The Coming Age of Austerity

The Coming Age of Austerity

By Patrick J. Buchanan

“Are the good times really over for good?” asked Merle Haggard in his 1982 lament.

Then, the good times weren’t over. In fact, they were coming back, with the Reagan recovery, the renewal of the American spirit and the end of a Cold War that had consumed so much of our lives.

Yet whoever wins today, it is hard to be sanguine about the future.

The demographic and economic realities do not permit it.

Consider. Between 1946 and 1964, 79 million babies were born — the largest, best-educated and most successful generation in our history. Bill Clinton and George W. Bush, both born in 1946, were in that first class of baby boomers.

The problem.

Assume that 75 million of these 79 million boomers survive to age 66. This means that from this year through 2030, an average of nearly 4 million boomers will be retiring every year. This translates into some 11,000 boomers becoming eligible for Medicare and Social Security every single day for the next 18 years.

Add in immigrants in that same age category and the fact that baby boomers live longer than the Greatest Generation or Silent Generation seniors, and you have an immense and unavoidable increase coming in expenditures for our largest entitlement programs.

Benefits will have to be curbed or cut and payroll taxes will have to rise, especially for Medicare, to make good on our promises to seniors.

As for the rest of our federal budget of nearly $4 trillion, we have run four consecutive deficits of over $1 trillion. To bring that budget to balance, freezes would have to be imposed and cuts made in spending for defense and other social programs.

From California to Wisconsin to New York, we see the process at work at the state level. Government salaries are frozen, government payrolls are cut, government pensions and programs are scaled back.

California and Illinois are on the precipice of default. Cities like Detroit, Birmingham, Stockton and San Bernardino are already there.

As for national defense, how long can we afford to spend more than the 10 other top nations combined? How long can we continue to defend scores of nations half a world away? How many more trillion-dollar wars like Iraq and Afghanistan can we fight on borrowed money?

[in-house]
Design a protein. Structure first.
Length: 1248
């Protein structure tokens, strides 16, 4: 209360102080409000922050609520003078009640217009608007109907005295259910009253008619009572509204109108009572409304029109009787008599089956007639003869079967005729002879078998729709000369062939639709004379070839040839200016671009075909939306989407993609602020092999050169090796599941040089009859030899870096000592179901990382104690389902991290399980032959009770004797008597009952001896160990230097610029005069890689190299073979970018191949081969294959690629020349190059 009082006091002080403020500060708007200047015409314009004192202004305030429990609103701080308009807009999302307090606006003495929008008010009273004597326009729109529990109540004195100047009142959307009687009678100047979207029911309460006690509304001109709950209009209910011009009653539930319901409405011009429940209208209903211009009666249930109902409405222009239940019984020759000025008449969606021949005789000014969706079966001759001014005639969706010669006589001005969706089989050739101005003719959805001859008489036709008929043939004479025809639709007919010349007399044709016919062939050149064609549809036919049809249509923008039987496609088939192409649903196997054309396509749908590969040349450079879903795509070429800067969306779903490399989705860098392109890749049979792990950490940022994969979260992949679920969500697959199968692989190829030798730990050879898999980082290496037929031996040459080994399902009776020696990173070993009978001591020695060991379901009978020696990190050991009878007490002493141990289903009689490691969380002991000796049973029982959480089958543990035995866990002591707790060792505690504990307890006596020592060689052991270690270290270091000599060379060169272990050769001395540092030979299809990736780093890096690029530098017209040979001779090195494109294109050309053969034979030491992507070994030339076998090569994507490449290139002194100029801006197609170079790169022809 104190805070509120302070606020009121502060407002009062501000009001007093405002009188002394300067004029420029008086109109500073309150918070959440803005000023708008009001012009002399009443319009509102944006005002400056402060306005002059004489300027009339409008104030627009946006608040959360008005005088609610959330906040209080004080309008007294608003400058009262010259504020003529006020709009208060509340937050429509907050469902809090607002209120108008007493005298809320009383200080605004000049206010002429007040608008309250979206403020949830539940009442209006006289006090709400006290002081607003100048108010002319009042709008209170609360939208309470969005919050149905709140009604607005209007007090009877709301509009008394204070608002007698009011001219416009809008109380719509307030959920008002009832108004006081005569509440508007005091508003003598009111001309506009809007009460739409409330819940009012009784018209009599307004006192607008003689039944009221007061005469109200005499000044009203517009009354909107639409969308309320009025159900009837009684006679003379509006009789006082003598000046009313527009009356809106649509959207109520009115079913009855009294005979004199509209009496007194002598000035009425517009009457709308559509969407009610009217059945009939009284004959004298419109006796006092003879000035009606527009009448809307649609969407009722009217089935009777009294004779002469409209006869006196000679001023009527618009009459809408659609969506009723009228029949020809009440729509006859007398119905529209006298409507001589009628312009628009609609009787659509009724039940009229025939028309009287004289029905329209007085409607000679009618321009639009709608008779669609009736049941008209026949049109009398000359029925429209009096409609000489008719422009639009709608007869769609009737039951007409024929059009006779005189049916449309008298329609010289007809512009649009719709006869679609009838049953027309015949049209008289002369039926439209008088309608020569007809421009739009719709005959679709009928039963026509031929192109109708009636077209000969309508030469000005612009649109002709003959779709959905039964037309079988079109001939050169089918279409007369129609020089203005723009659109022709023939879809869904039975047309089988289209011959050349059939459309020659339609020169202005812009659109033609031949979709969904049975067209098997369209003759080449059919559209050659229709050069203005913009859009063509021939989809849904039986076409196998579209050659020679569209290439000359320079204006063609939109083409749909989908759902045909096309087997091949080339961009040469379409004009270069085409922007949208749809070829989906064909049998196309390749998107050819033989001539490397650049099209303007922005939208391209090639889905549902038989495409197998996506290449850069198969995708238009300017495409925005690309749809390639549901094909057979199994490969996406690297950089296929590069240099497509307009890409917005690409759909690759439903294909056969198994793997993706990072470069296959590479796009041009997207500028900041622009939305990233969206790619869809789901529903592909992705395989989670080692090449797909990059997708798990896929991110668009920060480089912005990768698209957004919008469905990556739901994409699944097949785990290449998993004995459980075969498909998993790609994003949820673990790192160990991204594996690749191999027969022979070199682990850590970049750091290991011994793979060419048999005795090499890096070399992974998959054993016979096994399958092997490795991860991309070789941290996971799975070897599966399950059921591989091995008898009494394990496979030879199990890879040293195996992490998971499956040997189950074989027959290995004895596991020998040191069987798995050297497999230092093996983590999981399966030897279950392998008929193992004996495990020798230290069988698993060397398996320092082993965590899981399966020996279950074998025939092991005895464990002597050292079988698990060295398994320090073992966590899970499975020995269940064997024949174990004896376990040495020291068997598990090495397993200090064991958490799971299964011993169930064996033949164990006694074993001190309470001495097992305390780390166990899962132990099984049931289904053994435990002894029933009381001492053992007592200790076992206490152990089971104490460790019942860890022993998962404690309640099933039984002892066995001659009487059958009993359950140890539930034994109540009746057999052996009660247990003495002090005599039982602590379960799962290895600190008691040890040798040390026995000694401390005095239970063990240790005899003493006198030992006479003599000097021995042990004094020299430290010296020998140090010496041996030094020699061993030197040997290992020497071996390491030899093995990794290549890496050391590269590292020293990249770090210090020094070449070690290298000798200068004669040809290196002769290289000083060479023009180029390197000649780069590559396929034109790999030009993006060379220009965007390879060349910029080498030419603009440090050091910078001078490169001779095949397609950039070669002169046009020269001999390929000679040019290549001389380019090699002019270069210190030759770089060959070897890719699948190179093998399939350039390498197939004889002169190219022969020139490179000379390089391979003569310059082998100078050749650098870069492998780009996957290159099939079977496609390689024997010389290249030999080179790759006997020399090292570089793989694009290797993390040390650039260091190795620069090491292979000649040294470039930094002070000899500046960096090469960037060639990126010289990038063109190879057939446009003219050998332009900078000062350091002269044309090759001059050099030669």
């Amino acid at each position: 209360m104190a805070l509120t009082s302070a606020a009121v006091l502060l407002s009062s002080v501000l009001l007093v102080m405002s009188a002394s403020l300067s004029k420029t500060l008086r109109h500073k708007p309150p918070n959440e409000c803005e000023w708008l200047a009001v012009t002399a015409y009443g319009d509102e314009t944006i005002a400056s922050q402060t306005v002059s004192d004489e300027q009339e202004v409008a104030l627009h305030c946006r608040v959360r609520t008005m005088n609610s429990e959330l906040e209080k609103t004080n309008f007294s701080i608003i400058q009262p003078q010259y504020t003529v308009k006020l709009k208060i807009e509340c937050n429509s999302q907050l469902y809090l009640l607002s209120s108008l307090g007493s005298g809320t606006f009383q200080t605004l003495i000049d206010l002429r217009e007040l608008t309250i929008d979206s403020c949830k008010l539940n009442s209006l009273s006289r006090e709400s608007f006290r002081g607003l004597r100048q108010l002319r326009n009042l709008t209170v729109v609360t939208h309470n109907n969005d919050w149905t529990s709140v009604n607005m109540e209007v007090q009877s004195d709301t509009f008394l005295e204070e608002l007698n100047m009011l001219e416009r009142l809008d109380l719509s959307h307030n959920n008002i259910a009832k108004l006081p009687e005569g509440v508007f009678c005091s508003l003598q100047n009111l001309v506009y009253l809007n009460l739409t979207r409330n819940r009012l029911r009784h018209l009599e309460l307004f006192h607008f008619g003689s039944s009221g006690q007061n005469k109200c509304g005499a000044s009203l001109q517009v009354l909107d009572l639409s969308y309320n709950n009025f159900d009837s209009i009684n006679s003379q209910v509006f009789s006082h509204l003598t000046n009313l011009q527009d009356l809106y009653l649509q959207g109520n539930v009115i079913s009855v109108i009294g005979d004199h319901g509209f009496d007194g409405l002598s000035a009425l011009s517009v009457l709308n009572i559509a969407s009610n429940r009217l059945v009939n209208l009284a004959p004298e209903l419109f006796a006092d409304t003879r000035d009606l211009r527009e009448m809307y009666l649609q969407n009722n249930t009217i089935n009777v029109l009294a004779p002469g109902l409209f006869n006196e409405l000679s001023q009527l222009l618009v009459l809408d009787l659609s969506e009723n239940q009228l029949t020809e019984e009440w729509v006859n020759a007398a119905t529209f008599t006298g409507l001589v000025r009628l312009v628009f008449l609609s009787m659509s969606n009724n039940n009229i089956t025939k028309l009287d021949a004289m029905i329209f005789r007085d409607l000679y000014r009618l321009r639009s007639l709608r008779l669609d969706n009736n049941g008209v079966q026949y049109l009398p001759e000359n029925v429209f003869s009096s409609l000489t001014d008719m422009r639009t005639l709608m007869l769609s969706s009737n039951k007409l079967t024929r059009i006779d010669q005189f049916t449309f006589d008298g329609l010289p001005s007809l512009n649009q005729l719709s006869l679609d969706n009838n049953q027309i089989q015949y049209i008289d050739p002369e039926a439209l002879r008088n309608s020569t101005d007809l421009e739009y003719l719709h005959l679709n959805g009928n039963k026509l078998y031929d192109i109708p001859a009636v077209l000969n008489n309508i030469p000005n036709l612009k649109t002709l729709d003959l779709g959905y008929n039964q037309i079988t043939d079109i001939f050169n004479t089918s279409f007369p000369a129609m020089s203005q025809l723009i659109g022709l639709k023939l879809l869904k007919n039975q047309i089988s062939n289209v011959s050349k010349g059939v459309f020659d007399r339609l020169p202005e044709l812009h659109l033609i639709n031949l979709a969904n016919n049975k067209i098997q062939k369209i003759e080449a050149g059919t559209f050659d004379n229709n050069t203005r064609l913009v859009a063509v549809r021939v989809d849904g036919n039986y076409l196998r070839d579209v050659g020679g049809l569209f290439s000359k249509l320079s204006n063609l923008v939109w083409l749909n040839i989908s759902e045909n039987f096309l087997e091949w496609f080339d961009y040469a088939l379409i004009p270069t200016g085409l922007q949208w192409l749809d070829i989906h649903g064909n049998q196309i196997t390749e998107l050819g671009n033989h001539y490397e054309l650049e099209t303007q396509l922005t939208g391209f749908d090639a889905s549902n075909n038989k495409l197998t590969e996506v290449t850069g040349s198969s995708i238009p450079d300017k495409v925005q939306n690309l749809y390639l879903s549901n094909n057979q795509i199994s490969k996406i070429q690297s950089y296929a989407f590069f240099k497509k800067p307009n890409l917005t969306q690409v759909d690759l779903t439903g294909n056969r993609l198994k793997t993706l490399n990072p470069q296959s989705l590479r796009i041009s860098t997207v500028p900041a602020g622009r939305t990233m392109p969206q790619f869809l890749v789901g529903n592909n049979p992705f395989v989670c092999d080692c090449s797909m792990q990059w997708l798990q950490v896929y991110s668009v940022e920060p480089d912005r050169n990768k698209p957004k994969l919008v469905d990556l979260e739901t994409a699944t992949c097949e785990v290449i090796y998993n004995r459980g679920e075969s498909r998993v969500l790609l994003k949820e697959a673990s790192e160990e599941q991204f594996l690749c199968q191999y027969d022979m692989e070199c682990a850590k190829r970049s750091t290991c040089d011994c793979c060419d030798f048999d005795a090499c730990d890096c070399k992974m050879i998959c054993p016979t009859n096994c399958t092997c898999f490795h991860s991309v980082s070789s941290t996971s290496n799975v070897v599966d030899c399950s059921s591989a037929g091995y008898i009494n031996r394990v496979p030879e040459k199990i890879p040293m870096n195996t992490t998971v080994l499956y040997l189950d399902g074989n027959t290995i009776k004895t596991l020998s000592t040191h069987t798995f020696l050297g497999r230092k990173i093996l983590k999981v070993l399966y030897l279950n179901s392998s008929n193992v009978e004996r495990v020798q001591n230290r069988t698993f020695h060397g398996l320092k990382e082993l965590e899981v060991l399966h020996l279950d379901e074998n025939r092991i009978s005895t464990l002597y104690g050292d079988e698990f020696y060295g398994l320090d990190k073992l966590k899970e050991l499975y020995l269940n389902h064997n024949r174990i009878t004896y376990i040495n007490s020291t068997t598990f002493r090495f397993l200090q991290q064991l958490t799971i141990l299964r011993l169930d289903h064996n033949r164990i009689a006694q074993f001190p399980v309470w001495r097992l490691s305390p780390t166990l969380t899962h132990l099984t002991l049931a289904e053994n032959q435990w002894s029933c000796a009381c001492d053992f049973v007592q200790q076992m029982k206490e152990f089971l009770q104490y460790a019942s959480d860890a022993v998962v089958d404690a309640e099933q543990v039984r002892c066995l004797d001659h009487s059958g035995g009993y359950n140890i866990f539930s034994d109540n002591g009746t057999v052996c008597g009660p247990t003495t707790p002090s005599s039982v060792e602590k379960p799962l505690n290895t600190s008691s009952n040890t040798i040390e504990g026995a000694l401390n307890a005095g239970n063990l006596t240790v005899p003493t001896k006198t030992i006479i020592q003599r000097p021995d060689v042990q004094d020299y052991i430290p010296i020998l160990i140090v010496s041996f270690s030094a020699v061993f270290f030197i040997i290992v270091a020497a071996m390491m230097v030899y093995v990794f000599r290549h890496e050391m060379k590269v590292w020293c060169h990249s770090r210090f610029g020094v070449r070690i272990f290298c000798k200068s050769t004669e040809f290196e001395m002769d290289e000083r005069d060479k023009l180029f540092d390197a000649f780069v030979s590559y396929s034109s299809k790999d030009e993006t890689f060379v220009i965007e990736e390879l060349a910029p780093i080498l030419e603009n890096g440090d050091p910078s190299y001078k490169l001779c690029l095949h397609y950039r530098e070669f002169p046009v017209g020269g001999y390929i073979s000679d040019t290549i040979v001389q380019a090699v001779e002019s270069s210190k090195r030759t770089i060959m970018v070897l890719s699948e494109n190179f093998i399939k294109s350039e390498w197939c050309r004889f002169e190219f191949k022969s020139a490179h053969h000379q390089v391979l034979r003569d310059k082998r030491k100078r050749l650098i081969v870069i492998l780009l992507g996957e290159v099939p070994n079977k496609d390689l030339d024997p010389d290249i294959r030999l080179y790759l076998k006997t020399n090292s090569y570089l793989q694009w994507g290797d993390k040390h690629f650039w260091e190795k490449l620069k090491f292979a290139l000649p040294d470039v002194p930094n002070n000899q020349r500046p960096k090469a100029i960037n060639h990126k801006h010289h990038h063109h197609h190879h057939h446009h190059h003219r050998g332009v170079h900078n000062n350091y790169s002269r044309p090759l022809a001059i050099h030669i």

Moreover, the day of the great national enterprises is over.

FDR had his New Deal and World War II, Ike his federal highway system, Kennedy his space program, LBJ his Great Society, Reagan his military buildup and tax cuts, Bush his two wars and tax cuts, Obama his Obamacare.

But there is nothing left in the till to do big things. One sees only deficits and debt all the way to the horizon.

Europe has arrived at where we are headed. In the south of the old continent — Spain, Italy and Greece — the new austerity has begun to imperil the social order. In the north, the disposition to be taxed to pay for other nations’ social safety nets is disappearing.

With government in the U.S. at all levels consuming 40 percent of gross domestic product, and taxes 30 percent, taxes will have to rise and government spending be controlled or cut. The alternative is to destroy the debt by depreciating the dollars in which it is denominated — i.e., by Fed-induced inflation.

But you can only rob your creditors once. After that, they never trust you again.

There is another social development rarely discussed.

The workers who are replacing retiring baby boomers in the labor force are increasingly minorities.

Black folks and Hispanics alone account now for 30 percent of the population — and rising rapidly.